Regular Northwest Face 5.12 or 5.9 C1
Trip ReportRegular Northwest Face of Half Dome
Iíve wanted to climb Half Dome for a long time now. My partner Holden could have done the route five years ago off the couch (read: super strong with Titanium balls). I was holding up the show. My head was not going to let me near the route until Iíd cleared up some unknowns and knocked down some hard climbs. Sleeping on a wall, aid climbing, big exposure...
Iím probably not the only climber with a good case of OCD when it comes to preparing for a climb. Luckily, my wife is very patient. I spent the last year training, sleeping on small ledges, and climbing some great lines: East Buttress of El Cap, Touchstone, Moonlight Buttress, Epinephrine, the Pirate at Suicide.
We showed up in the Valley Thursday morning psyched and ready. We picked up a bear can, a back country permit, and we were off.
We took the death slabs approach. Very strenuous, but no death.
We free climbed up to about 10c. The Metolius alpine aiders came out on pitch 4 for the 5.11 and the bolt ladder.
We left our back pack with four quarts of water and our descent shoes at the top of P5. We fixed the 8.9mm 60m lead line to the top of P3, an 8mm 60m static to the top of P1, and another 8mm 60m static to the ground. Try not to drop the iPhone.
The bivy spots at the base are great, but I didnít sleep a wink. No dread or other bad thoughts, just anticipation. I woke up Holden at 3:45 am to the sound of Eminemís ďLose YourselfĒ blasting on the iPhone. We were jugging lines by 4:30. Right on schedule.
Holden led pitches 6,7, and half of 8. He took the awesome 5.9 hand crack on pitch 8. Sure he was off route. We prefer to call it ďextra creditĒ.
I took over and led through the Robbins Traverse. Holden led P11.
I was back on the sharp end for P12. Our plan was to take the 11c/aid line, but I didnít see an easy way to step across. I wound up going into the 5.9 squeeze and out the hole onto the face. There is a nice crack that goes up for a bit. Getting back left to the belay across the face proved to be the crux of the route for me. I placed a hook on a nice one inch ledge, climbed to the top step of the aider, but couldnít reach the rail. I lost my balance and was soon hanging upside down by my daisy. I repeated this one or two more times. My memory is a little foggy, but the hook was solid. I finally stuck a dyno off the hook and was able to hand rail over to the belay. Holden free climbed the pitch and didnít mention any trouble getting across the face...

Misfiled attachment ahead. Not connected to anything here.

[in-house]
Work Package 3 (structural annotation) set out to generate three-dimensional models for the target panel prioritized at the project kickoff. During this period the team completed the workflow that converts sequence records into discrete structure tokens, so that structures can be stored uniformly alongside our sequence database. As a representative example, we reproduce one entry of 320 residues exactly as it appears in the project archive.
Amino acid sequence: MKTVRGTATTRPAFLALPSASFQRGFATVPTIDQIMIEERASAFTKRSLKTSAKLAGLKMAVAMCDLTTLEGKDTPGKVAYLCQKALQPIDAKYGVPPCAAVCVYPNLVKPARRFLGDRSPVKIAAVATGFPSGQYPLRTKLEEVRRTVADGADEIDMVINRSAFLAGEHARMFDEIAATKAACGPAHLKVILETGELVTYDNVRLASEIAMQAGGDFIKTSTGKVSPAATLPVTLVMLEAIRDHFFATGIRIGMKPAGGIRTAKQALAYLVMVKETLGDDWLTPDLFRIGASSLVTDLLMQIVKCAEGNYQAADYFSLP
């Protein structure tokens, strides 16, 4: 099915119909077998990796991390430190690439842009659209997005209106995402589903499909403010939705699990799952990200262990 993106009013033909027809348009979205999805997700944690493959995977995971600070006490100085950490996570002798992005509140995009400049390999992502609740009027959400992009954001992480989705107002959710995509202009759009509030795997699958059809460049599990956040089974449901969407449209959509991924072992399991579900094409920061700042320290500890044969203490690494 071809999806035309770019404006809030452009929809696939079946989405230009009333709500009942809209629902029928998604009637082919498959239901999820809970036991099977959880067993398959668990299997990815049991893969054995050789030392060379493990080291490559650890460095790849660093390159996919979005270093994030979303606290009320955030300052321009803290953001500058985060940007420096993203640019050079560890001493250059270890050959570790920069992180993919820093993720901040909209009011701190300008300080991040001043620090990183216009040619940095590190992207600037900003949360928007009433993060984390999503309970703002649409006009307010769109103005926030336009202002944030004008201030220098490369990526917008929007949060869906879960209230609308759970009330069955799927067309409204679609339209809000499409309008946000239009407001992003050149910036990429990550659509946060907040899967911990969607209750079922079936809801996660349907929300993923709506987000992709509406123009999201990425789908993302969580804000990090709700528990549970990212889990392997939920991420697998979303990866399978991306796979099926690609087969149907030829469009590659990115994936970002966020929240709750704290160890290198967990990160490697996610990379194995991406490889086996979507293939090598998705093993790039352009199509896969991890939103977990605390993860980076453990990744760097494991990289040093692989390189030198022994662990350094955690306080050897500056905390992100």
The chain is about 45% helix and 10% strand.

I should note that at some point in the middle of the route both of my forearms were cramping. All of the training didn't quite prepare me for the 560 feet of jugging and hours of climbing.
I linked P13,14, and most of 15 with the 60m. I ran out of slings and setup a belay with about 30 feet of chimney remaining.
Holden led the rest of P15, 16, and 17 and we were on Big Sandy by 11:45 AM. He found some wide extra credit somewhere on P17. We were both glad to have the #4 and #5.
I aided the zig zags and took us up to Thank God Ledge.
Holden led across the ledge and up the squeeze in good style.
I led the bolt ladder on P22. A Metolius Orange/Yellow offset came in handy here.
One last easy pitch and we were on top!
I want to thank my partner Holden for being super patient these last few years as I trained and got my head together. A big thanks also to my wife Kristin, who made brownies for us to eat on the summit! She understands my love of the rock. Although she did give me a hard time today for watching videos and reading trip reports of the Nose!
Thanks also to Al Moreno, Chris Wittwer, Larry Beausoleil, Stan Wolosik, Olin Burrow, Greg Howland, and Mash Alexander for helping me train and sending good vibes. I couldnít have done it without you!
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